By TED GLICK
Unity in Diversity: The IPPN Model
Over the weekend of May 2-4, 1997, representatives of groups who believe
in the need to build progressive alternatives to the two-party system came
together at the National Independent Politics Summit/97 in Decatur, Illinois.
Attending the summit were 150 people, from over 70 organizations and from
19 states, the District of Columbia and Mexico.
This was the third National Independent Politics Summit in the last 21 months.
The first was held in Pittsburgh, Pa., in August 1995. The second took place
in Atlanta in April last year. Throughout this 21-month period of time,
with the various summits playing a key role, a unique national network,
the Independent Progressive Politics Network, has been created, linking
leaders and activists from a broad cross-section of the progressive movement.
The most recent summit in Decatur was different than the first two in Pittsburgh
and Atlanta in a number of ways. Most significant was the rank- and-file
labor involvement that was much in evidence at Decatur. This was not a surprise;
Decatur was chosen as the location for this summit because of the massive
labor battles fought during the mid-1990s by workers at the Staley, Caterpillar
and Bridgestone/Firestone plants. At one point over 4,000 workers were on
strike or locked out in this small midwestern town.
The IPPN has had connections to Decatur since the Pittsburgh Summit. A delegation
from Decatur attended that event and played an important role. Decatur labor
activists were doing more than engaging in militant action at the workplace.
In the spring of 1995 a coalition of 25 labor unions successfully elected
a trade union activist to the city council and helped defeat a pro-corporate,
anti-labor Mayor. In November of 1995 three out of four candidates running
for School Board on a pro-labor slate won office as voter turnout doubled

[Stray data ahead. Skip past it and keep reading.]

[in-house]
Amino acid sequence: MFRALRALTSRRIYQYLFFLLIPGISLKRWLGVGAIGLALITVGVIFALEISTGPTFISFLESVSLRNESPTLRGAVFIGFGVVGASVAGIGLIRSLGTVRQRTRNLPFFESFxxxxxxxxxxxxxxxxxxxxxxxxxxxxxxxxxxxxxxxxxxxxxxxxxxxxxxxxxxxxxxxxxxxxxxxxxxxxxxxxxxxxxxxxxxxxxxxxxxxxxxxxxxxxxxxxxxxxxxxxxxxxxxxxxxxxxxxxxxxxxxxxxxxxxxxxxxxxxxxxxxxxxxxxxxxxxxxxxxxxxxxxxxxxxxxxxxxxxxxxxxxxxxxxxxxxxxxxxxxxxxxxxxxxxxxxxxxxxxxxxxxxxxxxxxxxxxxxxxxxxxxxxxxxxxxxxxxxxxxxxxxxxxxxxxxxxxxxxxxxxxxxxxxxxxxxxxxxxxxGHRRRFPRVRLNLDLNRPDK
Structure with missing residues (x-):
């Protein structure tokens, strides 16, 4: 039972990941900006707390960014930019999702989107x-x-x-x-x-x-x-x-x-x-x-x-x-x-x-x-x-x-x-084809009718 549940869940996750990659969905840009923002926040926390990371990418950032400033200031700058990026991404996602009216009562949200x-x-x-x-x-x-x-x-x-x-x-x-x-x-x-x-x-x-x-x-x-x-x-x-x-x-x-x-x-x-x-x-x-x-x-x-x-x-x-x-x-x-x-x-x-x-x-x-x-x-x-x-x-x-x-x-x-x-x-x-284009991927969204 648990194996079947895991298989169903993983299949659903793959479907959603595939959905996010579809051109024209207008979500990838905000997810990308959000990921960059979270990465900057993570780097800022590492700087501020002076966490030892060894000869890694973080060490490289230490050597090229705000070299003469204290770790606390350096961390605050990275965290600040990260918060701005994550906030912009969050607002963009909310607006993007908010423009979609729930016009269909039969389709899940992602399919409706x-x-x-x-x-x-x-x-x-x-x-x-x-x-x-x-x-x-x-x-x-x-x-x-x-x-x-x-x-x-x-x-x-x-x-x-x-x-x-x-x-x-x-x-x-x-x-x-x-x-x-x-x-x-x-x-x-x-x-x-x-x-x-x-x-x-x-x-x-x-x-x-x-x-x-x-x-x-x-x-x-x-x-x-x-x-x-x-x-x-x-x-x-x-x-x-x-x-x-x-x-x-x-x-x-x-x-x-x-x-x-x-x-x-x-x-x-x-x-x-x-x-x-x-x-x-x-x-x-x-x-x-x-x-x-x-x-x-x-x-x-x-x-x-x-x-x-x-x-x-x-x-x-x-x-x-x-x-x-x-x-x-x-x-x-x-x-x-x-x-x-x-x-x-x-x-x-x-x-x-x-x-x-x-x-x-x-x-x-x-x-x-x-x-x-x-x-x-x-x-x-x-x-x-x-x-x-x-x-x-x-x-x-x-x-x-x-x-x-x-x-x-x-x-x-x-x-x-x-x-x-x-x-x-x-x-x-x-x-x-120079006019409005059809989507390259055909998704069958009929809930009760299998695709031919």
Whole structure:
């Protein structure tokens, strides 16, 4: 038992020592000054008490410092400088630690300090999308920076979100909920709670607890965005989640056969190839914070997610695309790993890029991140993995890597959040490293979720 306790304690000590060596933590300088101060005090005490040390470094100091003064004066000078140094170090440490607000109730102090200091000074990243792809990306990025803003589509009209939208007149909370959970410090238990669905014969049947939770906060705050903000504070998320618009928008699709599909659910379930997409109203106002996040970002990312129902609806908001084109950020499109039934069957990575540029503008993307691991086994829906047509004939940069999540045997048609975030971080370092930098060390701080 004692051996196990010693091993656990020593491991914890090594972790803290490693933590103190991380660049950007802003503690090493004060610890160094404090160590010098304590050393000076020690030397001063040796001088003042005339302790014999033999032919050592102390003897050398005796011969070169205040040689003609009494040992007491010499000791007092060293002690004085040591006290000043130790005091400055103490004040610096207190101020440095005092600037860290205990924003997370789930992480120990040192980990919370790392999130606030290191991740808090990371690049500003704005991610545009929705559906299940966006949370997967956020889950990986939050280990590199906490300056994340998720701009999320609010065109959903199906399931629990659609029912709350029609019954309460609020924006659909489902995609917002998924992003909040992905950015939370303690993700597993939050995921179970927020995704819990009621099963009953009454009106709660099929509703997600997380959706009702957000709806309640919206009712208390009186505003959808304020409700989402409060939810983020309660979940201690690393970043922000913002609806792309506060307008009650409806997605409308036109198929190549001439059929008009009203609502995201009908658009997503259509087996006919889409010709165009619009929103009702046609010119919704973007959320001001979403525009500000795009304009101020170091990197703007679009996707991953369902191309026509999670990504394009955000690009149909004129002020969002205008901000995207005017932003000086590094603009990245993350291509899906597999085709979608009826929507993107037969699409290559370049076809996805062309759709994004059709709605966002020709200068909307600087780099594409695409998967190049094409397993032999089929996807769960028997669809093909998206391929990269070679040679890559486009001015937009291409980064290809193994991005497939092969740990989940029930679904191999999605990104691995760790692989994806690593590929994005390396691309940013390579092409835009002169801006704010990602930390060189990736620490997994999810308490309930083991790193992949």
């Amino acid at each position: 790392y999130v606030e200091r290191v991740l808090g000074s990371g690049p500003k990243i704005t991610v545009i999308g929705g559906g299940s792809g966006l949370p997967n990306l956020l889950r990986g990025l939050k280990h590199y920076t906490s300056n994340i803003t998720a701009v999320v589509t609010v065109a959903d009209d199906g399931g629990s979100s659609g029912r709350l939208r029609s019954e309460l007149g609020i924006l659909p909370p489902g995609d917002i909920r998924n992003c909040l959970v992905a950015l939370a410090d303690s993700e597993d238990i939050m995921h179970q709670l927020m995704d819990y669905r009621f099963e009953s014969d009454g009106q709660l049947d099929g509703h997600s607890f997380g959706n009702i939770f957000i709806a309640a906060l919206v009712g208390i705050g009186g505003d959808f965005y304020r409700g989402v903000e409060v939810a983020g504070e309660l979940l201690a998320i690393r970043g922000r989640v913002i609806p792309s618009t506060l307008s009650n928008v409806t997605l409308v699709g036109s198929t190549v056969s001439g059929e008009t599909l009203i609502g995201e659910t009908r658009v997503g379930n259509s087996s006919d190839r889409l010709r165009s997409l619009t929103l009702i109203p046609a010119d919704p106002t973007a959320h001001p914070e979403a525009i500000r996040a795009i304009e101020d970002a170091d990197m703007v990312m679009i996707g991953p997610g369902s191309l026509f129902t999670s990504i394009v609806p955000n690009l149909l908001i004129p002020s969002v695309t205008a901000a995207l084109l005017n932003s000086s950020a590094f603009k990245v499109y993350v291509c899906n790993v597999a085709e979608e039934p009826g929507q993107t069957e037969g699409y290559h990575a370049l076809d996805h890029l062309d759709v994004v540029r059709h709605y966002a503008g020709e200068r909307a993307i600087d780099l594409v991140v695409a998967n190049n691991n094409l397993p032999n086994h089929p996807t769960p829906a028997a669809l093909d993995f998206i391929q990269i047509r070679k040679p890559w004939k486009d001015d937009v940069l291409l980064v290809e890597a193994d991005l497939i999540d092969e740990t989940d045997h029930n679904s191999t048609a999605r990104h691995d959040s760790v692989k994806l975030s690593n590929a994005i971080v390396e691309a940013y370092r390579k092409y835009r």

compared to the previous election several years earlier.
This combination of militant labor action and independent labor electoral
activity was a model that the IPPN wanted to raise up. When the time came
to determine where to have its 1997 Summit (according to IPPN by-laws, an
independent politics summit is held each year), Decatur was the consensus
choice. At a meeting in Decatur in December 1996, local activists were enthusiastic
about the IPPN Steering Committee's proposal for holding a summit in May
in their town.
A high point of the May event was a panel presentation on the "Lessons
of Decatur" organized by local labor leaders. Speakers came from the
Staley, Caterpillar and Bridgestone/Firestone struggles, as well as from
the local Teamsters and AFSCME unions. One key lesson underlined by the
panel was the importance of the labor movement being true to the old union
slogan, "an injury to one is an injury to all." Another lesson,
articulated by former Staley worker Lorelle Patterson, is the need for the
labor movement to support the efforts of community organizations to fight
for their rights and needs so that labor and community groups can learn
how to work together for the good of all working people.
The stories told by those on this panel had an inspiring effect because
they were told by union leaders who had not given up despite the setbacks
they suffered. All of the speakers expressed their determination to continue
to struggle for a new labor movement and for alternatives to the two-party
political status quo. This spirit helped to set a tone for the weekend.